Talks between the Post and the Washington-Baltimore Newspaper Guild, which represents some 1,400 Post editorial and business employees, over a new three-year contract broke down last month. The guild’s contract expired May 18.
Union members argued the paper’s pay raise proposal — a lump sum of $1,100 for the first year and raises of 1 to 3.7 percent in succeeding years — was too low. The guild has proposed raises that average about 3 percent a year.
The two sides are also at odds over whether vacation time can be carried over from year to year and whether writers should be allowed to resign from the union at any time.
The strike, which came as the paper published a special edition commemorating its 125th anniversary, is the first such action since 1988.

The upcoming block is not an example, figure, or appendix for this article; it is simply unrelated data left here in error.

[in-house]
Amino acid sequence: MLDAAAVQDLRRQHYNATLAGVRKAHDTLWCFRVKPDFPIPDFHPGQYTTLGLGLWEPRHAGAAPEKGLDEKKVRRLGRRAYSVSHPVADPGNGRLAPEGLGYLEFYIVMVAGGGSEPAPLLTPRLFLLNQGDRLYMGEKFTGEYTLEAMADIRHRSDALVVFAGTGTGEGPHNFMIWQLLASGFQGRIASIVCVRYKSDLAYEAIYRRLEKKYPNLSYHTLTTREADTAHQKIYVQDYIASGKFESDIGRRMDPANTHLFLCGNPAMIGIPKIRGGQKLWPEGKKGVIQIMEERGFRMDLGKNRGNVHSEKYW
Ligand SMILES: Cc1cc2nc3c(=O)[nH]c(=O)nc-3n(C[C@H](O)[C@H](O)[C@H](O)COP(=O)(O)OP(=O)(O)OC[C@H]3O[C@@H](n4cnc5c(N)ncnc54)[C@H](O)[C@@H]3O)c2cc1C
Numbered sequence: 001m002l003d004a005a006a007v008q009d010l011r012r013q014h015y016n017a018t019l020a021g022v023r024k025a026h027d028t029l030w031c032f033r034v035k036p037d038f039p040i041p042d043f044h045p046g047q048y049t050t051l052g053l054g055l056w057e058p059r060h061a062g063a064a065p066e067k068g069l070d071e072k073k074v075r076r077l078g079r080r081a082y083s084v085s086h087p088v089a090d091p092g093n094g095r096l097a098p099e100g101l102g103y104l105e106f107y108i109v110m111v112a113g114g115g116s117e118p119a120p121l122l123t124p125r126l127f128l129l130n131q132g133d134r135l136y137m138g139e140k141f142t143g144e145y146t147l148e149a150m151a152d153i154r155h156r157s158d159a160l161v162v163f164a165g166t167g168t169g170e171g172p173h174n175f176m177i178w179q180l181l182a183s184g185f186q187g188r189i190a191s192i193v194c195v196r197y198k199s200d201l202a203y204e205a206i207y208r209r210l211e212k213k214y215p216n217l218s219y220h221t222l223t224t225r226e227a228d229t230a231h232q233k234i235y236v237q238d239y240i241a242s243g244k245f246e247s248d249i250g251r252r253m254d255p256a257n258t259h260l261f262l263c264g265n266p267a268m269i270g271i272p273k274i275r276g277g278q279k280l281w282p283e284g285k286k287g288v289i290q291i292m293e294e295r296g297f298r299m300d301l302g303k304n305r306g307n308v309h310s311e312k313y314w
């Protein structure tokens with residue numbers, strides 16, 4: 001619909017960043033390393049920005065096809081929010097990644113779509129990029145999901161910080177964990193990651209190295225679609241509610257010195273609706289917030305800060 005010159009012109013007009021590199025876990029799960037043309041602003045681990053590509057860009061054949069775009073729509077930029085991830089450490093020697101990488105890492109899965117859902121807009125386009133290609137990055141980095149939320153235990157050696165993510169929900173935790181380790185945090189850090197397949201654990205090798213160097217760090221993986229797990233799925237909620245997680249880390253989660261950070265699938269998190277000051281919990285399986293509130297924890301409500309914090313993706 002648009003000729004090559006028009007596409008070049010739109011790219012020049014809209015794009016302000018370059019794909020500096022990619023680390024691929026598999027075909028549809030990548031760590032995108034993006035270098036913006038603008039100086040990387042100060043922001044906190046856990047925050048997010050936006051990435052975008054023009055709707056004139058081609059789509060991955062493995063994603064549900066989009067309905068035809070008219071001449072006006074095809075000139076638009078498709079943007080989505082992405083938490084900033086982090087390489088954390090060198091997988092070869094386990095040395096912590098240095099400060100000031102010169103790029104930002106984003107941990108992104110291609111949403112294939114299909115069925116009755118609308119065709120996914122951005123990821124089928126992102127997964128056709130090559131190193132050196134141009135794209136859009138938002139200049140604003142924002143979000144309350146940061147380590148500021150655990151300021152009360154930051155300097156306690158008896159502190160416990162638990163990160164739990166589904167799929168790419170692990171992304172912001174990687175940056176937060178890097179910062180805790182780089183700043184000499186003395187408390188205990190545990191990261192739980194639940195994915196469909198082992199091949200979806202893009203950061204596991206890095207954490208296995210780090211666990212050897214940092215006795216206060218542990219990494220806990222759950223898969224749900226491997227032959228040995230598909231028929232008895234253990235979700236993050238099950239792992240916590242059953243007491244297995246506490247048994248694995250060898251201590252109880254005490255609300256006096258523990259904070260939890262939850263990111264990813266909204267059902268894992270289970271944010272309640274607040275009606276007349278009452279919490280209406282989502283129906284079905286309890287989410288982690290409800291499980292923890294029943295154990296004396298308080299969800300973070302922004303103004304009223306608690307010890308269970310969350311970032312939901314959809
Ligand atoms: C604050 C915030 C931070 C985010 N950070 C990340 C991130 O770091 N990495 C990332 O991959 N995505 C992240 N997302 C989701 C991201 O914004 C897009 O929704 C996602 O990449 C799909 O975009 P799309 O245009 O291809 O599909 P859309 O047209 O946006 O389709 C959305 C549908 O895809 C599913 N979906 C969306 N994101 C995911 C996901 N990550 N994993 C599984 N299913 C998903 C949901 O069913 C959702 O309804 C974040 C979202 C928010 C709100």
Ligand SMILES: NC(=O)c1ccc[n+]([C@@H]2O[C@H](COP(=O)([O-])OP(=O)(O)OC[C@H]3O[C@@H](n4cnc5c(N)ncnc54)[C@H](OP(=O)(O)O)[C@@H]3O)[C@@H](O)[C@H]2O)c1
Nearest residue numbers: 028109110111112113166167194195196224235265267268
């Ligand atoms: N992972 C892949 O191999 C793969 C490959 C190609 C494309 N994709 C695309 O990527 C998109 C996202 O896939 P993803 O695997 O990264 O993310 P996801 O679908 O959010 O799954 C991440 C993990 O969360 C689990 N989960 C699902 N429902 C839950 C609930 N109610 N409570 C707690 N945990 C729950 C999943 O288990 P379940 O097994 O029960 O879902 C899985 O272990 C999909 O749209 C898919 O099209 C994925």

Articles that would normally carry a reporter’s name were instead bylined “By a Washington Post Staff Writer” or “Washington Post Foreign Service.”
Reporters were left unidentified in six of the seven stories on the paper’s front page. The one bylined story was written by real estate editor Nancy McKeon — a member of the paper’s management.
”People are much angrier this time than they were last time,” Rick Weiss, a Post science reporter and a cochairman of the Guild unit, told The Boston Globe.
Company negotiators, he said, ”have barely budged on anything since day one of bargaining.”
Patricia Dunn, the Post’s vice president for labor and chief negotiator, said the reporters “have the right to withhold their bylines.”
She told the Post’s Frank Ahrens the company management’s focus “will continue to be on resolving the remaining contract issues at the bargaining table.”
Ahrens’ story on the strike, which appeared on the second page of the paper’s lead section, did carry a byline.
The strike is expected to continue in the paper’s Thursday edition.